The energy transferred between planets and other smaller bodies by resonant interactions acts to stabilise the system and keep it ticking along in tune. See the 1:2:4 interaction of the Galilean moons.

  14. pochas says:

    tallbloke says:
    January 26, 2014 at 4:06 pm

    “The energy transferred between planets and other smaller bodies by resonant interactions acts to stabilise the system and keep it ticking along in tune.”

    Can a system stay in resonance and still dissipate energy?

  15. tallbloke says:

    Pochas: I believe so. We find many resonant interactions where the bodies are near to, but not in simple ratio, but one side of the ratio they are in differs by unity from a simple harmonic ratio. e.g. Jupiter and Saturn’s orbital ratio is 60:149. 60:150 = 2:5 the amount of power in a resonance drops off as you move away from its exact ratio, but the bodies are trying to get back into that ratio. So energy transfer pushes the orbits apart, but the tendency towards lognormal distribution (Fibonacci, harmonic ratios) pushes them back together. A balance point is reached. In this way, ‘just the right amount’ of energy is being transferred to keep the relationship stable.

    Willis Eschenbach thinks this is all “numerology”. He probably ought to start here before graduatuing to the large resonance related literature in the astrophysics journals:

  16. R J Salvador says:

    Since this is one blog where you can propose something without being called a moron, I will speculate that it’s possible that the sun could operate like the rotating magnetic field in an electric motor through the oscillating Parker spiral. Now this force is small on the Jovian planets magnetic fields but it is continuous and it is sustained. A small force applied over and over for multiple millennia could compensate for any energy loss through the gravitational spin orbital coupling mechanism and tidal torque that possibly initiates the solar sunspot cycle. These two resonating processes could be in balance.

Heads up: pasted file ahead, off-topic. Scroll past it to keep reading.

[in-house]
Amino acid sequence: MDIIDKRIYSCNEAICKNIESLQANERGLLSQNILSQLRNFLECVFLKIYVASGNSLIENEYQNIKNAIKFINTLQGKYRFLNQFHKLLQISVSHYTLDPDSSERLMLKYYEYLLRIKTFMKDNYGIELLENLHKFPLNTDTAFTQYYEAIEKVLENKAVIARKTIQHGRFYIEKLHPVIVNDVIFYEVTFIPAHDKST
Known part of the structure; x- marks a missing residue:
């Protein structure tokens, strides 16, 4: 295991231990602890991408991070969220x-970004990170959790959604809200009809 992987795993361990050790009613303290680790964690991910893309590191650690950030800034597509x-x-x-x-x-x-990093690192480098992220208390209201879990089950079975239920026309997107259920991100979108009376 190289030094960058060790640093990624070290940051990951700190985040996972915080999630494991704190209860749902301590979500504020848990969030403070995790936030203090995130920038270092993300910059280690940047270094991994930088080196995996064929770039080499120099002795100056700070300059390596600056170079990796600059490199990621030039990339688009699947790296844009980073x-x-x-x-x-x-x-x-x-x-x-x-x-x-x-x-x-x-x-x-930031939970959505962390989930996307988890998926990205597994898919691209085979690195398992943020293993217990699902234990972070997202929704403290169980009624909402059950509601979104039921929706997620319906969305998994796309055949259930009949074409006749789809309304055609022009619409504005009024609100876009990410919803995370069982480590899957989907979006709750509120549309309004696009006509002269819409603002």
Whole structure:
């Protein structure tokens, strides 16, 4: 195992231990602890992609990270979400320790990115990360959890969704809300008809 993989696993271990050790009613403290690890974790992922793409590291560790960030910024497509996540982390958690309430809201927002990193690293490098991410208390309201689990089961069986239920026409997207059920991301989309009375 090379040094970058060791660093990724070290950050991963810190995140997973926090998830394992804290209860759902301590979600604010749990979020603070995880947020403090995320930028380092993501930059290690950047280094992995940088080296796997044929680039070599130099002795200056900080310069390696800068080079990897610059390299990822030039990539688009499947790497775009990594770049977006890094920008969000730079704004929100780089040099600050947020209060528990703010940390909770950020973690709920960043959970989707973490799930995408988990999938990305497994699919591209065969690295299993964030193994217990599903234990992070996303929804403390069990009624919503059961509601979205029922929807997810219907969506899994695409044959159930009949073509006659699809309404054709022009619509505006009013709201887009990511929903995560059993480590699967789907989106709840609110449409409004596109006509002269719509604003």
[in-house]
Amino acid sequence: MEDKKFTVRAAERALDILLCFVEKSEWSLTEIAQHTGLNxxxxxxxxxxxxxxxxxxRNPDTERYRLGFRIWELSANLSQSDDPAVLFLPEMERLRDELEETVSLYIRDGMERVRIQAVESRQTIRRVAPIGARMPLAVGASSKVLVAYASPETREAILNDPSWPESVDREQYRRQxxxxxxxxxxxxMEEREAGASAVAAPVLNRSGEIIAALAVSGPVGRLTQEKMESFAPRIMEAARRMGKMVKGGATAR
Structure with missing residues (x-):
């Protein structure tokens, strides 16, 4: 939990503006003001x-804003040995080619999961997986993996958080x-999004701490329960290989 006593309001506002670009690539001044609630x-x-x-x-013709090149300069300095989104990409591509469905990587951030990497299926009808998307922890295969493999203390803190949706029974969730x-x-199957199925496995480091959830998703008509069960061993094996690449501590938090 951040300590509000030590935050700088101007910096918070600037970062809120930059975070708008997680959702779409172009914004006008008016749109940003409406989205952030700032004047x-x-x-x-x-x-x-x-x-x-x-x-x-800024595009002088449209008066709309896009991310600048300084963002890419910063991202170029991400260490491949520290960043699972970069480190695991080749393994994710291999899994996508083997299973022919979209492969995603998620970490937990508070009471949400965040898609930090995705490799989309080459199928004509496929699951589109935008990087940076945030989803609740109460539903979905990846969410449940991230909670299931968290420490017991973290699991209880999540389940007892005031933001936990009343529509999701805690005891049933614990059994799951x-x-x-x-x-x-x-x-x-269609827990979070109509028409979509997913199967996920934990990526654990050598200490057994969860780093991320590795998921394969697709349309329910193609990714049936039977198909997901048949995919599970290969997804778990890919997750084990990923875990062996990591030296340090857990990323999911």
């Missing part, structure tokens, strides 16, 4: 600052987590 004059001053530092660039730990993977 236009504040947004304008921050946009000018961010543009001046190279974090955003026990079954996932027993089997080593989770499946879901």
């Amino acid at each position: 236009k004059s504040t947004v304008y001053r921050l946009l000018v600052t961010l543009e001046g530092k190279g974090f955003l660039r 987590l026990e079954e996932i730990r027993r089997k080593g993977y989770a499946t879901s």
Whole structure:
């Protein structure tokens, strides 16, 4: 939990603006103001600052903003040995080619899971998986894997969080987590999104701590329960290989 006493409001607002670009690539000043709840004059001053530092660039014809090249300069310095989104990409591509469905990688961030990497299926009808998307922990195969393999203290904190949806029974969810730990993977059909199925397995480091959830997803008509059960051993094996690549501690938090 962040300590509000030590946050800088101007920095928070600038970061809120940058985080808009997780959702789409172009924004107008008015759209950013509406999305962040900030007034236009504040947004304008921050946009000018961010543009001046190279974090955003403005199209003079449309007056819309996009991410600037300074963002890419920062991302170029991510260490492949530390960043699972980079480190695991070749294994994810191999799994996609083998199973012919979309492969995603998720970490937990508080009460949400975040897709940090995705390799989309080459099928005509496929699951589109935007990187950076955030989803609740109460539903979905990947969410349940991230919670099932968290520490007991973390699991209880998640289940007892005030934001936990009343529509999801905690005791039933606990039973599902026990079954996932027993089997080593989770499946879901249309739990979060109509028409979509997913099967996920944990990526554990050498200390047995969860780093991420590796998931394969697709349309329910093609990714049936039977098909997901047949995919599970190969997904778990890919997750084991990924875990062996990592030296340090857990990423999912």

17. Sparks says:

    R J Salvador says:
    January 26, 2014 at 8:56 pm

    I’ve had a similar line of thought, tho speculative I believe it should be explored fully before ruling out all of the so-called coincidental relationships and patterns between the sun and planetary orbits.

    I generally like to think of sun as having a hypothetical rotating inner mass as its core and a lesser mass as its coronasphere, the inner mass always rotates East to west as well as north to south, when the suns core is rotating east to west, during solar minimum it begins to buildup a positive (+) or negative (-) charge on the coronasphere on either of the northern or southern hemispheres as the inner mass moves towards the equator the positive (+) and negative (-) charges begin interacting and discharging producing sunspots.

    The interesting relationship between the configuration and timing of the planets appear to coincide with the movement, orientation and timing of moving solar Poles. It is the only process that I’m satisfied can explain Maunder minimum type events including ice ages, where if the changes in planetary orbits at times become settled enough that they do not influence the sun, thus the poles do not continue to flip regularly where they remain fixed at either hemisphere.

    The major question I have and would like answers for is; We know that changes in Earths orbit can effect its climate, this is a known fact, are these orbital changes when they occur also linked to periods when the suns magnetic poles remain fixed when few or no sunspots are produced on the suns coronasphere?